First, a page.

Critical Care at this hospital includes these wards
Critical Care also includes these services
Critical Care is for patients who are so acutely ill that their life is in imminent danger because one or more of their organs have acutely failed or are at risk of failing.
Critical Care is also for patients who are at risk of organ failure because they have had a high-risk operation (high-risk either due to the nature of the surgery, or due to the patients’ chronic health).
Critical Care patients’ vital signs are constantly monitored. Some of the treatments in Critical Care involve using machines (e.g., a ventilator or “life-support machine”) which keep someone alive while one or more of their own organs are unable to.
The Critical Care staff have specialist training, and there are more of them per patient than in other areas of the hospital.
Being a Critical Care patient can be a very traumatic experience. For this reason, we are careful only to put somebody through this experience if they have a chance of getting better with the treatment. We do not put somebody through this treatment if it is very unlikely to help them get better. The decision-making around who and when to admit someone to Critical Care is done by senior specialist doctors (Consultants) and, whenever possible, in discussion with patients and/or their close family.
Please see this link for a video of people describing what it was like to be a Critical Care patient.
Critically ill patients require support for failing organs. In the Intensive Care Unit this could include:
Post-Operative Critical Care (the POCCU unit) is specifically for patients who are at risk of organ failure or require additional support because they have had a high-risk operation (high-risk either due to the nature of the surgery, or due to the patients’ chronic health). Enhanced recovery pathways are utilised to improve patient outcomes after complex major surgery. Interventions that have a strong evidence base for improving patient outcomes, such as goal directed fluid therapy are also utilised.
High Dependency is a slightly level lower of dependency, for patients who require support for one organ and continuous close monitoring, either due to acute illness or after surgery.
Both ICU and HDU are run by a team of Consultant Intensivists (a senior doctor specially trained in managing critically ill patients), trainee doctors nurses, pharmacists, and specialist therapists, all of whom will have experience in looking after extremely ill patients.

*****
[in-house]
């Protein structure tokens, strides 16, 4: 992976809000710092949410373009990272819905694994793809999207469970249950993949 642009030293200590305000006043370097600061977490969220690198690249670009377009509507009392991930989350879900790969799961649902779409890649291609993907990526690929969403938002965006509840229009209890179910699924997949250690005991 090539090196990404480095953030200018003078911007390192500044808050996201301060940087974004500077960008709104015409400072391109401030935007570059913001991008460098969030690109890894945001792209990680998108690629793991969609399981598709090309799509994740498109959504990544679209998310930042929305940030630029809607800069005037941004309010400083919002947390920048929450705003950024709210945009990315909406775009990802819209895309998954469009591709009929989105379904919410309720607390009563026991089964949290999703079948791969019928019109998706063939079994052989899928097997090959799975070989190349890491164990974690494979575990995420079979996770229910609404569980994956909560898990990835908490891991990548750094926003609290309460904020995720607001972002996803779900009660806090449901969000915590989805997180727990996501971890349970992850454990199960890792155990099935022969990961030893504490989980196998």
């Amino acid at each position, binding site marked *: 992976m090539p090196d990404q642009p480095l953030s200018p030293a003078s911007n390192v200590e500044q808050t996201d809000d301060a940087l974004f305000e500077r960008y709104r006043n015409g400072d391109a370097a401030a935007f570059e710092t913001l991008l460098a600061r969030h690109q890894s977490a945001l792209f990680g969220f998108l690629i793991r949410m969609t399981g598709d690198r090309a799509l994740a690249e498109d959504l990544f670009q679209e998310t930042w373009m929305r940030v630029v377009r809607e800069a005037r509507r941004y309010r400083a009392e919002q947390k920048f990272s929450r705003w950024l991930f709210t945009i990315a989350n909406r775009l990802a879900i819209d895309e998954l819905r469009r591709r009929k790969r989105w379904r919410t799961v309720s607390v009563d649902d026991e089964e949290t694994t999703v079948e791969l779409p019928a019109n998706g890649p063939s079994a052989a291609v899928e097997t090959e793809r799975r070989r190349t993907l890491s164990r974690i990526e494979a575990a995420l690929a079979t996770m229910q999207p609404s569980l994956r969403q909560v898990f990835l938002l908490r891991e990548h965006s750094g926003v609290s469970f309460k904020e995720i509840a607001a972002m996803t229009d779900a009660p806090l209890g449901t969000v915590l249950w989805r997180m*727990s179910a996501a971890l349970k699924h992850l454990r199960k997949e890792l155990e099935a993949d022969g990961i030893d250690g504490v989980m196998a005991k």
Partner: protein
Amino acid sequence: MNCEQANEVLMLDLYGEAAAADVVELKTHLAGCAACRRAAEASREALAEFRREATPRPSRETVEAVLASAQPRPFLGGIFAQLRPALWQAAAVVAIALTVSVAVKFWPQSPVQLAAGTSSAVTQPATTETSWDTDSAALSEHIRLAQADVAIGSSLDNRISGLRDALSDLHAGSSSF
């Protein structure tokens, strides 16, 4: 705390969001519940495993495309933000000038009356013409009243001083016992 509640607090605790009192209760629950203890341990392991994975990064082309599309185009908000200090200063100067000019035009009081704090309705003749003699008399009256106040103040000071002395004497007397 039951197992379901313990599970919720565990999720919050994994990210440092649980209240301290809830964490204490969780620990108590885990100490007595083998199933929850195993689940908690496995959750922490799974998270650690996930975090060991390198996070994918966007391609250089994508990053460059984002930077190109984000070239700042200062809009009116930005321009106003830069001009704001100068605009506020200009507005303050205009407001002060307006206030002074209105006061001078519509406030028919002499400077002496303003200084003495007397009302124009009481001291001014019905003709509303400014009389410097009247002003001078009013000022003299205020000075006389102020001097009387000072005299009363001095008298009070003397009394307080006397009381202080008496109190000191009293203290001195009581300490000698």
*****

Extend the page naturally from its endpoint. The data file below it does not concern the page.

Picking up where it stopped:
Formal Consultant Intensivist ward round takes place twice daily at 09:00hr and at 16:30hr. During this ward round doctors and nurses discuss the patients’ progress and care, examine the patients, decide on further treatment, and make a plan for the rest of the day. This ward round includes input from other specialist consultants, including microbiologists who specifically advise on infections
Following discharge from the ICU and HDU, patients have ongoing support from our specialist Outreach team of nursing and physiotherapy staff. The team provides ongoing specialist rehabilitation care as well as a support structure to support patients and their families, as they recover.
Our 3 Critical Care wards admit up to 2500 patients a year. They include planned admissions after elective high-risk surgery, unplanned admissions after emergency surgery, people with medical emergencies eg pneumonia, COVID, seasonal influenza, or sepsis.
We are also a regional specialist centre for infectious diseases, acute pancreatitis, hepatobiliary surgery, upper gastrointestinal surgery, vascular surgery and thrombotic thrombocytopaenic purpura; patients are often transferred from other hospitals to us.
We directly support the nearby regional specialist obstetric hospital (Liverpool Womens’ Hospital), and the regional cancer hospital (Clatterbridge Cancer Centre-Liverpool).
We work as a team of nurses, doctors, physiotherapists, speech & language therapists, dieticians, pharmacists, occupational therapists, operating department practitioners, healthcare assistants, a clinical psychologist, as well as our managers, audit clerks, and administrators.
The team includes:
Over 180 Nursing staff and Healthcare Assistants
The ITU is staffed by approximately 130 nurses and 9 health care assistants. HDU have approximately 70 nurses and POCCU 25.
All of our nurses are highly trained and undergo a thorough precentorship period, supported by our practice educators. They complete a number of competencies, set out by the critical care network, which ensures they meet the standards required to safely look after critically ill patients. Critical care staff receive ongoing training and education, which ensures the delivery of care is maintained at the highest quality.
The nursing staff are responsible for planning, managing and evaluating the care of critically ill patients, working with medical colleagues and other members of the multidisciplinary team.
25-30 Training Grade Doctors, including Advanced Clinical Fellows, Specialist Registrars, Junior Clinical Fellows, Academic Research Registrars, Core Trainees, Foundation Doctors.
6 Critical Care Outreach (CCOT) Nurse Clinicians
The Critical Care Outreach Team at the Royal was one of the first in the country and consists of a small team of Nurse Clinicians, who are Masters Graduates and qualified in Non-Medical Prescribing.
They deliver a seven-day service, assessing, reviewing and managing the deteriorating patients both on the Royal site and at the Clatterbridge Cancer Centre.
In 2021 the CCOT nurses saw 556 acute referrals and conducted 926 visits for these patients; 789 patients were referred for post Critical Care Follow Up, requiring a total of 840 visits.
Along with our consultant colleagues they help to deliver outpatient follow up clinics and they teach course both in-house and at the University including post-graduate Critical Care nursing, ALS/ILS, Tracheostomy and Sepsis study days.
Specialist Pharmacists - Ms Patricia Crossey, Ms Jennifer Hughes